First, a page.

In a world of globalization, homogenization, McDonaldization, and all the other –izations that have been created to signify the “sameness” of cultures around the world, does content and culture affect how we use our technology?

According to the Apparatgeist paradigm devised by Katz and Aakhus (2002), people and media technology are in a cyclical relationship of mutual use and influence. When a new technology is released, say the iPhone 10 years ago, people had to change the way they communicate due to the nature of the device. But when updating the iPhone for a new release, Apple’s engineers and app developers then tweaked the phone to fit the communicative needs to its users, and the cycle repeats itself.


The existence of traditional media and international brands were the beginning of when people started seeing a homogenization of cultures. Suddenly you find people in Southeast Asia donning blue Levi’s jeans and a pair of Nikes– it wasn’t a “strictly American” fashion style anymore. The effects of homogenization can also be seen in the music we listen to. Is there any part of the world that is unfamiliar with the names “Michael Jackson” or “Elvis Presley”? The effects of globalization and homogenization can also be seen in restaurants. Whether traveling abroad in Asia or within the United States, there is without a doubt one can easily find a restaurant which serves a hamburger and some version of eggrolls.

High speed internet and instantaneous updates online has allowed practically everyone all over the world to view the same content at the same time, regardless of time difference. With traditional media, the process of homogenization did not happen as rapidly as it does with modern technology. When people were still reliant on the tv or newspapers as their news source, only really major news stories would be broadcasted “instantly.” This brings me back to the 9/11 incident. I was only 8 years old when my dad had woken me up in the middle of the night to watch CNN’s live coverage of the tragic 9/11 attack. I was in Malaysia at the time which would mean that we were 12 hours ahead of local time in New York City. In 2001, it was rare to receive instant news updates of an incident because the medium had yet to exist, and dial-up internet was too slow.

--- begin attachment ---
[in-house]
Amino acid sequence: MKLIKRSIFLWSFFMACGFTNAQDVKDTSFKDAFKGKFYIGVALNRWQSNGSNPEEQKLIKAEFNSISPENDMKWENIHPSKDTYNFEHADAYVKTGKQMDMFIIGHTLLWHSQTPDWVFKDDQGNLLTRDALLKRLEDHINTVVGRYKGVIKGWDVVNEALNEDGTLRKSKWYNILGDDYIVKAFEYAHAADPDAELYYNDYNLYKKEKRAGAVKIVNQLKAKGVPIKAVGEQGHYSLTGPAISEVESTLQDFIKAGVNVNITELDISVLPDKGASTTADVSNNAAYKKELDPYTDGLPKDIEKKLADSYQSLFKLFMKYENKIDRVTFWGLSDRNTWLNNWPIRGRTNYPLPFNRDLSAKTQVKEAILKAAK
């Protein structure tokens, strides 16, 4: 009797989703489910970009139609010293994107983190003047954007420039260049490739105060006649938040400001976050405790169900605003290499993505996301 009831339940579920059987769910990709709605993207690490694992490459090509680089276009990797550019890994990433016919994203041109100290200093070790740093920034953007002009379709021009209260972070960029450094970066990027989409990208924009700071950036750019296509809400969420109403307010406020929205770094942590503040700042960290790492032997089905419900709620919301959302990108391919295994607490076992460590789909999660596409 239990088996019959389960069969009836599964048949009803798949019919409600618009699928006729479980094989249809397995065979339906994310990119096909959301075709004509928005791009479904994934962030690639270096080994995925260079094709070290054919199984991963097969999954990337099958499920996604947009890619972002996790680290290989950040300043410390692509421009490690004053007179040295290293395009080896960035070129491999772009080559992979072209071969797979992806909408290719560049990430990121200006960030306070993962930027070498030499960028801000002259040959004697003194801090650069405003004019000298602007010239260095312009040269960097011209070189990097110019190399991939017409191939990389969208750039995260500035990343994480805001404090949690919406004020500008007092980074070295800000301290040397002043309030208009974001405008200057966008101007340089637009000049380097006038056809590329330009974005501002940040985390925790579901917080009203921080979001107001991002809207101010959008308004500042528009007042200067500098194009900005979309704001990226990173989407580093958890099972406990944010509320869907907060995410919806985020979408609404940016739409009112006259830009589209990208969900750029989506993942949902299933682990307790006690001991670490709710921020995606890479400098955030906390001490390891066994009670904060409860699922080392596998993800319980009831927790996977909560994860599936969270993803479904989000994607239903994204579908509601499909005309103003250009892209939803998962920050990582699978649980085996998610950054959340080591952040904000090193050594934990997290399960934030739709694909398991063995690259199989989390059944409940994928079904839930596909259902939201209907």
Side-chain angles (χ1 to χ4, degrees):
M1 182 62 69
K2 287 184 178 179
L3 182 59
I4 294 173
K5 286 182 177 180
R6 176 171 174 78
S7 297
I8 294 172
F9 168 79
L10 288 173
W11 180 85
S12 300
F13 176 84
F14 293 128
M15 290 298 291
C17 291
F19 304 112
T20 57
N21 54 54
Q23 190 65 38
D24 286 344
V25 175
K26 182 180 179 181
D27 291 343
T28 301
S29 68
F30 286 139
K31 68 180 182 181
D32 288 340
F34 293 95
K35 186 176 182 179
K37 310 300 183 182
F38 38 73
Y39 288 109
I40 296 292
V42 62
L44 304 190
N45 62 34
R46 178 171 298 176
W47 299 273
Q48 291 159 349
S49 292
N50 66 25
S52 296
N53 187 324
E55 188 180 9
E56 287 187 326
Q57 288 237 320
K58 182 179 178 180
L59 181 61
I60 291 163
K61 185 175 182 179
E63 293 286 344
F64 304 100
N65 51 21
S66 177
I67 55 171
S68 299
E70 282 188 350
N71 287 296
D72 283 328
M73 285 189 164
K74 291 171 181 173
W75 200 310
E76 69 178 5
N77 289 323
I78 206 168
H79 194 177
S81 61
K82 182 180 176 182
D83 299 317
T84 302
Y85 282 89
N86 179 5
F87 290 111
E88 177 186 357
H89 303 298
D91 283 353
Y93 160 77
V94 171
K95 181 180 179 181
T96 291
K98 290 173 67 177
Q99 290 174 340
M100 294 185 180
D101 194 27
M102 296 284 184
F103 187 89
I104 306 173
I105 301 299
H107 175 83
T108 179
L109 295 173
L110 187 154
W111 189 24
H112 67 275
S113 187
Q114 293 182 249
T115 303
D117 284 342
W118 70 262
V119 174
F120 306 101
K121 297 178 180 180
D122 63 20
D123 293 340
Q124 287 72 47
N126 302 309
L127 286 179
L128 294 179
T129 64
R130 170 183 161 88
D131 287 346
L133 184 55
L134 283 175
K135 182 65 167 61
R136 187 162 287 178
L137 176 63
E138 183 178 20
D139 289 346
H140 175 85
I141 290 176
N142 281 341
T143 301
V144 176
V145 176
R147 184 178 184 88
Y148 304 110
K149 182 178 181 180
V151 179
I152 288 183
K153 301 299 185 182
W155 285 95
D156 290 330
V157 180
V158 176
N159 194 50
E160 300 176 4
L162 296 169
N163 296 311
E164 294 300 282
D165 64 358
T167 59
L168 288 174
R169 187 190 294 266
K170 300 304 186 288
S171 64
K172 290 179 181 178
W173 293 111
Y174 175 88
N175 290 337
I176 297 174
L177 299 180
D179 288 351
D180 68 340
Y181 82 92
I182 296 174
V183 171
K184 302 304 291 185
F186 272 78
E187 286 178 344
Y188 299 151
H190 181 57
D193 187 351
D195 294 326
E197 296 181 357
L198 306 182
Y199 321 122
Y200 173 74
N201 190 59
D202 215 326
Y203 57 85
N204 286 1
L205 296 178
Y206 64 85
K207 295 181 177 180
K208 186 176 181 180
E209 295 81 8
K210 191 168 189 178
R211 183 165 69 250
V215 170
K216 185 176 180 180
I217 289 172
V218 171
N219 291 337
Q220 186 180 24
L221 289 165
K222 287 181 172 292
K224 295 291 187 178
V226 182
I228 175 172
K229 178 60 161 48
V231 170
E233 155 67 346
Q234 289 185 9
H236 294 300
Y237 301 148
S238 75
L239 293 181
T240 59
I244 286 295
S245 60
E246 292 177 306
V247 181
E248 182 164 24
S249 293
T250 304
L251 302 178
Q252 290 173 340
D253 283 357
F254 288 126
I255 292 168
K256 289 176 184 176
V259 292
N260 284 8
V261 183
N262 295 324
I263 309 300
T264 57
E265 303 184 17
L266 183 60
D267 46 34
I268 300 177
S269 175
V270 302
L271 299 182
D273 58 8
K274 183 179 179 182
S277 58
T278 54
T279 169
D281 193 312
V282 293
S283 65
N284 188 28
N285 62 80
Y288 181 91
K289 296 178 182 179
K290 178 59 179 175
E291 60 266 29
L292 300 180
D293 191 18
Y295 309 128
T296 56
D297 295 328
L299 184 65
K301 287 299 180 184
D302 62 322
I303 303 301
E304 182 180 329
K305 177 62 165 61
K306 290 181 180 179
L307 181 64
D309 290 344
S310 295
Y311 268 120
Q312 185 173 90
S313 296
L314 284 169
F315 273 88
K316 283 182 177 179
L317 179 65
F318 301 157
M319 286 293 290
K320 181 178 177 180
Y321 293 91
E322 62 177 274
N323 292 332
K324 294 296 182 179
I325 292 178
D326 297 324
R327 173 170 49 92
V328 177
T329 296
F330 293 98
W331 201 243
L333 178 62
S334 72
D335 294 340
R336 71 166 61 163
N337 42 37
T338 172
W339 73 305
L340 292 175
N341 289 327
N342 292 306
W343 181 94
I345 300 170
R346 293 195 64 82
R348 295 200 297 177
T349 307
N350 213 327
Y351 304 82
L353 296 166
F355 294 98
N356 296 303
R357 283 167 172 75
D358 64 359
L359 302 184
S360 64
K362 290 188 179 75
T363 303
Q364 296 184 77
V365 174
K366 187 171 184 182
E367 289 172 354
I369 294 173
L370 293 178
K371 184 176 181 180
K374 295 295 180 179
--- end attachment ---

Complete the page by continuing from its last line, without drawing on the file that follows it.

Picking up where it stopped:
The nature of social networking sites has also sped up the process of homogenization. Take YouTube for instance, where users around the world can subscribe to the same fitness YouTuber. Not only do they learn about fitness from this YouTuber, but they learn about how this person deals with life on a daily basis, relationship issues, to what they eat, their view on politics, and the brands they wear. Although viewers don’t come to these YouTubers for all these other opinions, but as their affinity for the YouTuber grows, they views also start aligning. And when you have people from around the world watching the same person for many, many years, these group of subscribers now share similar values. This is what George Gerbner described when first coming up with the cultivation theory, only the medium of today is social media rather than the television. 30 years ago, Gerbner wrote an essay on the “role of television as the new state religion,” where the content shown on television had repetitive themes which were consumed by a mass audience (Morgan et al., 2015).

Technology has seemingly created a new culture, one that’s daily life surrounds the concept of ‘FoMo,’ otherwise known as ‘fear of missing out.’ Uploading content online has become so much easier, and television networks have also cut down on lag time from when an episode airs on tv to when it is uploaded on their website. This reduce in lag time has severely developed the FoMo mentality in people. In her article, Matrix said that a participant in a focus group admittedly binge watched five seasons of ‘Breaking Bad’ in one week “because of a fear of being the only person who had not seen the show and thus of being unable to participate in the fan community and conversations, online and off” (Matrix, 2016, p.128). Some people who are not caught up with the latest episode of their favorite tv show may even go so far as to avoid social networking sites in fear of spoilers. Journalist Chuck Barney (2013) says, “viewers are forced to go out of their way to avoid spoilers and must live in exile from water-cooler conversation,” except that in the 21st century the “water-cooler” is Instagram, Snapchat, Twitter, and Facebook.

Overall, there is no answer for when deciding if technology is doing more harm than justice. Sure there are a million ways we could count how watching technology is ruining the minds of people, but it has also exposed people to so many things which they might not have had the chance to experience. Through watching television shows people can learn the history of The Great Wall of China, enjoy the beauty of the pristine beaches of Boracay through pictures posted on Instagram, or travel around Japan by watching their favorite YouTuber.



Barney, Chuck. “Binge Watching Is Catching on with Avid TV Fans.” <The Mercury News, The Mercury News, 27 Feb. 2013,

Katz, J. E., & Aakhus, M. (Eds.). (2002). Perpetual contact: Mobile communication, private talk, public performance. Cambridge University Press.

Matrix, S. (2014). The Netflix effect: Teens, binge watching, and on-demand digital media trends. Jeunesse: Young People, Texts, Cultures6(1), 119-138.

Morgan, M., Shanahan, J., & Signorielli, N. (2015). Yesterday’s new cultivation, tomorrow. Mass Communication and Society, 18(5), 674-699.

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